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A Very British Gangster

A Very British Gangster


A review of the British documentary about a gay crime boss, screening at the 2007 Sundance Film Festival

There are two main characters in the documentary A Very British Gangster : Dominic Noonan, and Manchester. The former is the charismatic head of the Noonan crime family, gay, bald as a bullet, with a rap sheet that includes $8 million in heists and bank robberies and half a lifetime spent in prison. The latter is Dominic's place of operations, a rough-and-tumble community whose people treat Dom as their own personal godfather--trusting him more than they do the ineffectual police force and the legal system that can't seem to make a charge against the man stick (earning him the appropriate nickname "Teflon Dom").

Dominic is a charismatic, audacious man, supposedly reformed (he is attempting to start a security business) but has a twinkle in his eyes as he discusses his past crimes, as well as those he is "allegedly" committing in the present day. This is a man who was broken out of prison to help his family with a pair of same day bank heists ("No one had attempted a double before," he explains), then promptly returned to jail after pulling off the first one. He's also a man who realized his homosexuality at an early age, which still didn't prepare him for the horrors of a rough boarding school where he was raped and passed around daily by older boys. When Dominic tells us that he caught up to all those boys as young men and dealt with them in ways you wouldn't wish on anyone, you believe him.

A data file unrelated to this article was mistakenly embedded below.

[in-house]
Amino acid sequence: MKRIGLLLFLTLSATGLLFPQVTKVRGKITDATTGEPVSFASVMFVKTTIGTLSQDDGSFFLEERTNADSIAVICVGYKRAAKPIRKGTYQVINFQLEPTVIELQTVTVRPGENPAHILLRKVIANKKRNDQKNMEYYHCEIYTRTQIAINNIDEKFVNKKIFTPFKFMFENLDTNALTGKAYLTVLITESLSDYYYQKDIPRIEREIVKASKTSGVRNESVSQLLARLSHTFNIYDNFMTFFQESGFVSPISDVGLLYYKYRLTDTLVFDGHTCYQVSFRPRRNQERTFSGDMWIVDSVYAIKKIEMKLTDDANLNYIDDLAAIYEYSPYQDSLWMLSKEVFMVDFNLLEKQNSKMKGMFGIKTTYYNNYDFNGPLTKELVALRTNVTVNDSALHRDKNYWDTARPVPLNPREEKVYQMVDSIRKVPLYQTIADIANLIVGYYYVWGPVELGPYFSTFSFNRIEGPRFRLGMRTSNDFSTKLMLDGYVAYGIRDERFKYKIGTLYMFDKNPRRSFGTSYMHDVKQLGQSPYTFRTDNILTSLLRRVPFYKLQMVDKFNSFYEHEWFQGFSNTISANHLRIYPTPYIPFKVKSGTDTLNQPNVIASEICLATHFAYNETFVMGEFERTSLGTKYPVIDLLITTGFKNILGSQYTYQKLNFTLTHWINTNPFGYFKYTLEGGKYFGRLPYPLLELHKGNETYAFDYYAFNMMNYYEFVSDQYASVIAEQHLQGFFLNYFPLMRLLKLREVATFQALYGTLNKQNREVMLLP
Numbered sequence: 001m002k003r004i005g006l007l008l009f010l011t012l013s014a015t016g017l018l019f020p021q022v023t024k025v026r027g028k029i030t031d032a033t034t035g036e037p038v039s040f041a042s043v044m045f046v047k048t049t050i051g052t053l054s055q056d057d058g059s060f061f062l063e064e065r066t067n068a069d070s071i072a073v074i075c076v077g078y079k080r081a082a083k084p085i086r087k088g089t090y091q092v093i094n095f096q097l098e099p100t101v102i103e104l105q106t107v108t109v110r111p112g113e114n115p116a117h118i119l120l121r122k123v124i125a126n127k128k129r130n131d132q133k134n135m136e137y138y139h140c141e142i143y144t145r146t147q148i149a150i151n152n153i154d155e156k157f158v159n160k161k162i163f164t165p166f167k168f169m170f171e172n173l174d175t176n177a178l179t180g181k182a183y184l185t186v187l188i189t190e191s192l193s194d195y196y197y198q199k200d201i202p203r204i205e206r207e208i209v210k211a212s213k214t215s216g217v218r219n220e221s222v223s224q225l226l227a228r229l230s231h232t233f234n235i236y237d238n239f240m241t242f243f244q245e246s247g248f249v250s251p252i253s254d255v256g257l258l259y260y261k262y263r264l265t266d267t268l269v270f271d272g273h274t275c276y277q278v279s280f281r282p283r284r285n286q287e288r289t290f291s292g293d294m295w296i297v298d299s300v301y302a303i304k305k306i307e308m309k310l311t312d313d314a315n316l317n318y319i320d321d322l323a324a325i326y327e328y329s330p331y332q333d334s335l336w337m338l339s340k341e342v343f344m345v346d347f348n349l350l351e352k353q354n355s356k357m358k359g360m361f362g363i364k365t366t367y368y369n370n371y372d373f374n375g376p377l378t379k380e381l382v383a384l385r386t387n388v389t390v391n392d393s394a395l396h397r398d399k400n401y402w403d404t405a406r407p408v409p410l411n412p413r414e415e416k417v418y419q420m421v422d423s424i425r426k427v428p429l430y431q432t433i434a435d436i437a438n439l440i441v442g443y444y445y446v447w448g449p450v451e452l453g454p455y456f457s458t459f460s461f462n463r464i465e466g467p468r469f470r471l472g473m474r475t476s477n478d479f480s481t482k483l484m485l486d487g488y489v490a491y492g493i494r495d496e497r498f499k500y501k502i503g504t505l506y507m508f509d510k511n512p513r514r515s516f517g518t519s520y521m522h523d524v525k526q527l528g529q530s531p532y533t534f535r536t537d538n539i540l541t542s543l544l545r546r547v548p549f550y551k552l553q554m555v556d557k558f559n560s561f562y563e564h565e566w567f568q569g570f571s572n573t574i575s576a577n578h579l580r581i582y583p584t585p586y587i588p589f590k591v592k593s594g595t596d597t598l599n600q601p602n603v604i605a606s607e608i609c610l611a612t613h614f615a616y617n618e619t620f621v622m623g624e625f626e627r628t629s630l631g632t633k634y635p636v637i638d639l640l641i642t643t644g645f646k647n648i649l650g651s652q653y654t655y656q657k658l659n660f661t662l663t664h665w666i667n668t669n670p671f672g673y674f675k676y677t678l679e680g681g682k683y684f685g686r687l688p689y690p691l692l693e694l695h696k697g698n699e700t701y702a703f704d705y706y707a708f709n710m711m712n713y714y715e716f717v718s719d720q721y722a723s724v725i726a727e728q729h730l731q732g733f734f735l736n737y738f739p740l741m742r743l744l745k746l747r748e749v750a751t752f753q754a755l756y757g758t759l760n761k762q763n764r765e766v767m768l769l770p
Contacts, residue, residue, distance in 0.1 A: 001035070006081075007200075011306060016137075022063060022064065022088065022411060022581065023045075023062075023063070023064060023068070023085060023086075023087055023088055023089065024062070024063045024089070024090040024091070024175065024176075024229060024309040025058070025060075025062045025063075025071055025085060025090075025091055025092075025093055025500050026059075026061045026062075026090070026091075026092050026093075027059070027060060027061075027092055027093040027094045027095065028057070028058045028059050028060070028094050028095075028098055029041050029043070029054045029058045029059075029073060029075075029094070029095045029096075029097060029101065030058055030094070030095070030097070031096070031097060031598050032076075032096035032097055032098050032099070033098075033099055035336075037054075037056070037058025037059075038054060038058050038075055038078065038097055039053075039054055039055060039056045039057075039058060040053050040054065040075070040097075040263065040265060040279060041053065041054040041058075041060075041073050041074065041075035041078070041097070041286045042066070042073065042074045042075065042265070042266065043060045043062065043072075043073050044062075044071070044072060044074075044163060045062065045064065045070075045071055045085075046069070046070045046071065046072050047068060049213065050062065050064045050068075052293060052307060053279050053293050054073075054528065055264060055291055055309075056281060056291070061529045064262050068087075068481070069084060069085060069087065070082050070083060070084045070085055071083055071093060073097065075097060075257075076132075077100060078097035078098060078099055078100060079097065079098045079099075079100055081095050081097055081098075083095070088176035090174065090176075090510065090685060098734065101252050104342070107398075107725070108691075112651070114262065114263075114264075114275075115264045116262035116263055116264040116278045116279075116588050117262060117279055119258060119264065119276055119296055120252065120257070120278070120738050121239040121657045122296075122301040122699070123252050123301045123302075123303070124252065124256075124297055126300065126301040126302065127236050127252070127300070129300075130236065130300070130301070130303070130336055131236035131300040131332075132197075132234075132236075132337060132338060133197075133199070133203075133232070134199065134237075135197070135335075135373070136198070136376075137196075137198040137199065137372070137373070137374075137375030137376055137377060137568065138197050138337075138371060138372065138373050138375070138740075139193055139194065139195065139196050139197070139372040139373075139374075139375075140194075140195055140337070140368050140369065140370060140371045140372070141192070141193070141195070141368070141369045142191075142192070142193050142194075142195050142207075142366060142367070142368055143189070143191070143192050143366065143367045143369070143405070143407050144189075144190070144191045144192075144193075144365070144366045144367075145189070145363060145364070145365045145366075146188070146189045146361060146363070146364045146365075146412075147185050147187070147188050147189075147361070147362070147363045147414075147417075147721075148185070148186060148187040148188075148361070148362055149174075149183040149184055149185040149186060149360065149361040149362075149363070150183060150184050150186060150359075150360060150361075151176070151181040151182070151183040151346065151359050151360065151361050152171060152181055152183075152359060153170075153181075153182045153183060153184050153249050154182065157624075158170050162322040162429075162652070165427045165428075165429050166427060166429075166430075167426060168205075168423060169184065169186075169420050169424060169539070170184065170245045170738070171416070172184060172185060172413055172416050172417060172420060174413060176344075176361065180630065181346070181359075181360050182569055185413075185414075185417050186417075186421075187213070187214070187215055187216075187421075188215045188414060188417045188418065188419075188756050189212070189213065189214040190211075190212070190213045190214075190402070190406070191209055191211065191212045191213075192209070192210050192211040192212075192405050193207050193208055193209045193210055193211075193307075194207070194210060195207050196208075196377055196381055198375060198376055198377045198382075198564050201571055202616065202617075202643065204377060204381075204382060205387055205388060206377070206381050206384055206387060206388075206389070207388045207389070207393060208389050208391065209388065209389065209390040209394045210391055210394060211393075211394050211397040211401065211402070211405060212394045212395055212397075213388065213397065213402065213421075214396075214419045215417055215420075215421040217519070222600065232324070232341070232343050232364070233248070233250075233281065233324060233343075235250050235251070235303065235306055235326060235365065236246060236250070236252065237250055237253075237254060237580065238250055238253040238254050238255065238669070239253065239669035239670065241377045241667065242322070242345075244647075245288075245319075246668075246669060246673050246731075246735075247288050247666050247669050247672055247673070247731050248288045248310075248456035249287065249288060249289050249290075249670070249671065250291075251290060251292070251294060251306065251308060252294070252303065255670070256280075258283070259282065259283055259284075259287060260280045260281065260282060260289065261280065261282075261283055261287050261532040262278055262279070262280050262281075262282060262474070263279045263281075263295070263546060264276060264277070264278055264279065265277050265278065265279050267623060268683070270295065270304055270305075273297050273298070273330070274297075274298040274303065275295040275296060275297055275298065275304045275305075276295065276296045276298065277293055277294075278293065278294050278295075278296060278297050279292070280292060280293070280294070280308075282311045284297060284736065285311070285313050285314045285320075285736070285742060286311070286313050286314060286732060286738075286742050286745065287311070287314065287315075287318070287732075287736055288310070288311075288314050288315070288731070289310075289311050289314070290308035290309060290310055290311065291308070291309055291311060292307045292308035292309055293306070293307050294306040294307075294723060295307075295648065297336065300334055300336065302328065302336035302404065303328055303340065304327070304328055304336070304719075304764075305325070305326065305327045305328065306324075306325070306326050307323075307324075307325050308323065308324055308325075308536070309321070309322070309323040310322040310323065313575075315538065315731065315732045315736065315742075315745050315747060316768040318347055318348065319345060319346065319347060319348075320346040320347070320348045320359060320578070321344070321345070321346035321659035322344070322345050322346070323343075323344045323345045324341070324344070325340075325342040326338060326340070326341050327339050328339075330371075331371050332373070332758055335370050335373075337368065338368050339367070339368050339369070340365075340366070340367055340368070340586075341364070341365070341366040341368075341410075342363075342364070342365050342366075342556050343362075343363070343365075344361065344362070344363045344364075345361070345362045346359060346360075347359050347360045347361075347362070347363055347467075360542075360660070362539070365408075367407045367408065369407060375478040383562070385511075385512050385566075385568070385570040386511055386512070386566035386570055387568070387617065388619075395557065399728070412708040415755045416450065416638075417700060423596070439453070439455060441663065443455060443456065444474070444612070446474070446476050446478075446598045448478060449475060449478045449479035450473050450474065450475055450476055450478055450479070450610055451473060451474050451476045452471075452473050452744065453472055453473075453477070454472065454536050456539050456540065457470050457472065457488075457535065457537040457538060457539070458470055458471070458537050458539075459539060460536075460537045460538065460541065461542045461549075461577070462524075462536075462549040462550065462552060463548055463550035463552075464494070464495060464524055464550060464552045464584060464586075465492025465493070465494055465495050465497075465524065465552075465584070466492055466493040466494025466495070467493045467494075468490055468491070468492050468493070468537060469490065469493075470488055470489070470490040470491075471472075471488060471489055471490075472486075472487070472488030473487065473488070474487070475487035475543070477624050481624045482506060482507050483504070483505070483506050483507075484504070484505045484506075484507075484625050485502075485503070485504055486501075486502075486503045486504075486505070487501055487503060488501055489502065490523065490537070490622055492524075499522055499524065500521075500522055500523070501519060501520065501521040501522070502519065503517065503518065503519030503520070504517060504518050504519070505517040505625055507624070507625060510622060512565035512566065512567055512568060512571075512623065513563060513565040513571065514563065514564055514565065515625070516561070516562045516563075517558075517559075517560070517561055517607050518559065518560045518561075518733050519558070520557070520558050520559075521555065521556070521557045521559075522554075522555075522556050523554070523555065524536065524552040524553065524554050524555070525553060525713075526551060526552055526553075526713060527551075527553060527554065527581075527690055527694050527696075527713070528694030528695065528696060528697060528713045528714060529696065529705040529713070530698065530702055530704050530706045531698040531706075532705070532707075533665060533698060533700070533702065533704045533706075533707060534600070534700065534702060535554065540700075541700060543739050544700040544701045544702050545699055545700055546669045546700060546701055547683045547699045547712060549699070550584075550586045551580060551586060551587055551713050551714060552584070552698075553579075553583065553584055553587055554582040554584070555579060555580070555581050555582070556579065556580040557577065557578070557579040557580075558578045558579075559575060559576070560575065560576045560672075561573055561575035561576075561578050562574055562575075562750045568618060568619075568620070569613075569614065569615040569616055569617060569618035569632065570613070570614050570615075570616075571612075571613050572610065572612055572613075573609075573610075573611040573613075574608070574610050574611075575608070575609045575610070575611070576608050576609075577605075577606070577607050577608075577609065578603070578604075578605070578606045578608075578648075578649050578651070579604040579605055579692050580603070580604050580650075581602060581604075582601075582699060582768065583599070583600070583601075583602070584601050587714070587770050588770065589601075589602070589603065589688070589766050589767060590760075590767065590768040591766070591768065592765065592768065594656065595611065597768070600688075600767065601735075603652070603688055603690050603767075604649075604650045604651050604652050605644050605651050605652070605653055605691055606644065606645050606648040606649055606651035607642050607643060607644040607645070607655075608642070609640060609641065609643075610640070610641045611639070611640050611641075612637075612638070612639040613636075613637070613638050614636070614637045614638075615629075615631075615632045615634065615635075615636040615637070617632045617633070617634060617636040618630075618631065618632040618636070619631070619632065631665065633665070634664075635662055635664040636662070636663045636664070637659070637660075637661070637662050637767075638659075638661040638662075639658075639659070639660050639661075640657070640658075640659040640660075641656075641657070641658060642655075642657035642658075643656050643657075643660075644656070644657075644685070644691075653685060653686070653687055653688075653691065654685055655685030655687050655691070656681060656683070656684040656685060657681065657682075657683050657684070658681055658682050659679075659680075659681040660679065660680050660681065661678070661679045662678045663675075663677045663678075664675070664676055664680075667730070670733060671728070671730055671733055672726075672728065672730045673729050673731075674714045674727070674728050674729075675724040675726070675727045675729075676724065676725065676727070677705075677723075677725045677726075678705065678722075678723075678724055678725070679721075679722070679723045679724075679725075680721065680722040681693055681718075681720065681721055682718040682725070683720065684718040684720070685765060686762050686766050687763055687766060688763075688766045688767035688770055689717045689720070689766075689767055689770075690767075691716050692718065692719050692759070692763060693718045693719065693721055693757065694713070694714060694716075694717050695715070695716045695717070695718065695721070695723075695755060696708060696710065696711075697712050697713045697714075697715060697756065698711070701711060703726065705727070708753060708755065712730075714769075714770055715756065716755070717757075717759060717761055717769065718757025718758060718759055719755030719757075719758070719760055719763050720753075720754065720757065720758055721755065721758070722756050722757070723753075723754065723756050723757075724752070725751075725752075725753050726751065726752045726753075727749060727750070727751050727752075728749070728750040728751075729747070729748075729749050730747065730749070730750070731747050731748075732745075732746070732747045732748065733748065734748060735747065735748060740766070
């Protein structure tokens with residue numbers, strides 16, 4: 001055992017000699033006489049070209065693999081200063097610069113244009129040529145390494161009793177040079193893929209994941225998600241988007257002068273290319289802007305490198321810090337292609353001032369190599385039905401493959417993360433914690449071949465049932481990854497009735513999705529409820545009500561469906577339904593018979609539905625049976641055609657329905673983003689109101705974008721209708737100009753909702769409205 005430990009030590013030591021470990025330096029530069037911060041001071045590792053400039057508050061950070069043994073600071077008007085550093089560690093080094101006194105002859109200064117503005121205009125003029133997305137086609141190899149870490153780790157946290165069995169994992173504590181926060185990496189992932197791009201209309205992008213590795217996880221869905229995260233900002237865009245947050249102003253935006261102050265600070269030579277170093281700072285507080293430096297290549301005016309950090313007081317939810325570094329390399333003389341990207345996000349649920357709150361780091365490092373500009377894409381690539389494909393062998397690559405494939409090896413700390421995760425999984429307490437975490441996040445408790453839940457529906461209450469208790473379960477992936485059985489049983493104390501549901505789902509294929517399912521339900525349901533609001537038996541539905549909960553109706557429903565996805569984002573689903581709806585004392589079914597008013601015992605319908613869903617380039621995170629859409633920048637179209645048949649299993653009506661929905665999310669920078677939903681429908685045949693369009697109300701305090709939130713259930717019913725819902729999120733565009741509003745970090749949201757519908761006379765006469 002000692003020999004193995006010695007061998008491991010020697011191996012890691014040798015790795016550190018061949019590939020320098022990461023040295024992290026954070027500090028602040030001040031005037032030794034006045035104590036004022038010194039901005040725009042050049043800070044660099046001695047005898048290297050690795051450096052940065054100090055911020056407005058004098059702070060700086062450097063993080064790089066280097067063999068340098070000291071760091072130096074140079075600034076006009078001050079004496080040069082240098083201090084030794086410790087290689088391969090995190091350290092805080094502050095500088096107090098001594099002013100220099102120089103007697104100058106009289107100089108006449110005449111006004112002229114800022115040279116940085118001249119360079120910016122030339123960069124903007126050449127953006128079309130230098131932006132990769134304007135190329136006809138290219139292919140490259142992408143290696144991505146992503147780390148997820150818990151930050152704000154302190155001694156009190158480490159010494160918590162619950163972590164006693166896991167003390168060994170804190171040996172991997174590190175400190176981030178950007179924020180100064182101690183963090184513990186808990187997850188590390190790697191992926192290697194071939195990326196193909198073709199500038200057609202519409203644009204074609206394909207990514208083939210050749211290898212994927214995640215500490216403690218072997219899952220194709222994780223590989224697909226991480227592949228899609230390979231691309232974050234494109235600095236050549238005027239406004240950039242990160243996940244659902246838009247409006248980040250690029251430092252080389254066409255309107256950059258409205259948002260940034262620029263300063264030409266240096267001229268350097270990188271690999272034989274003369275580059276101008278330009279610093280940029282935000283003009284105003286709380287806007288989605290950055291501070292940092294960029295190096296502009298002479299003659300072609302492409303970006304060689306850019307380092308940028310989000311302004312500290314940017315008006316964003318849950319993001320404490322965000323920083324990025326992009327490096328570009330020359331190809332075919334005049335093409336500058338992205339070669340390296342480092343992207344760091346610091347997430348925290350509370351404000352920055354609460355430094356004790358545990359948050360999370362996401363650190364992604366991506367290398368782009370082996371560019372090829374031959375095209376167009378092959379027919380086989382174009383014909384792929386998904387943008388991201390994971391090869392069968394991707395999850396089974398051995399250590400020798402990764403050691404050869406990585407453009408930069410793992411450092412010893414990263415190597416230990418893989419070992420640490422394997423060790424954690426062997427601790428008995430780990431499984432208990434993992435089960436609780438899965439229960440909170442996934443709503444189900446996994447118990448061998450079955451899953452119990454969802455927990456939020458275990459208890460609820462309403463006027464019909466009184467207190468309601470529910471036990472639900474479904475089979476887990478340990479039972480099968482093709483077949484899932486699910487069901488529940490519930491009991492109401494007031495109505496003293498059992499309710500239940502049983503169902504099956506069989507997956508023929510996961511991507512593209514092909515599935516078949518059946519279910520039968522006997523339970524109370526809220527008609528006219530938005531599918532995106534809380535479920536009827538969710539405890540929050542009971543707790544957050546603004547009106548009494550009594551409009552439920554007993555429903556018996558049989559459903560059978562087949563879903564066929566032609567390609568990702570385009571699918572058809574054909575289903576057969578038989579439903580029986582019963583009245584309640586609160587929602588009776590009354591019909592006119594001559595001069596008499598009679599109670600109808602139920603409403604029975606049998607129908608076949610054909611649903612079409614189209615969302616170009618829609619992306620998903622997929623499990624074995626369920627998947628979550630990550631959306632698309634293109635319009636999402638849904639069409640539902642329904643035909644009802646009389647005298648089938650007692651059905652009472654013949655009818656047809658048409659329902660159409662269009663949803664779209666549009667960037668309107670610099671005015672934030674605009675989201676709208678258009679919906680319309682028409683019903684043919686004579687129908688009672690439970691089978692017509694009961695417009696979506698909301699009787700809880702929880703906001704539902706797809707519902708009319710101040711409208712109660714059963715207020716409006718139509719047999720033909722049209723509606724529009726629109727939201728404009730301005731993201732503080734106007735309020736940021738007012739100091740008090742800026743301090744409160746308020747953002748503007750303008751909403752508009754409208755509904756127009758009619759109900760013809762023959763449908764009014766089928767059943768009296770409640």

Part of Dominic's skill is his savvy for myth-making, a quality that the film both recognizes and rewards in spades. He and his men wear suits and ties when strolling Manchester, and the film supplies the Reservoir Dogs slow-mo - as well as the Dick Dale music cue from Pulp Fiction wailing in the background. His men respect Dominic, are blithe about his sexuality, and are frankly more interested in acting and posing than committing crimes. One boasts about appearing in an ad with David Beckham, another is a singer aspiring to the British reality competition The X-Factor . It's the latter, Dominic's nephew Sean, who gets off the movie's best line: honing his craft, he says, "I sing at weddings, funerals, acquittals...mostly acquittals."

Of course, it's through these young thugs, who look up to their elders like Dom but say things like, "They did what they did to survive. We do it for a rush," that you're reminded of the man - and the family's - terrible influence. Dominic is a torturer, an enforcer, savvy enough never to dirty his own hands but complicit nonetheless. For all the times the film seems to be in his pocket, and all there is to like about Dominic, the director keeps coming back to that. It's no surprise to learn that his mother burned down their home in an effort to move up the housing list, or that a relative in debt ineptly robs a post office because he can't conceive of any other way to pay his loans. Crime may pay dividends, but here, it exacts an equal cost through every generation.

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Kyle Buchanan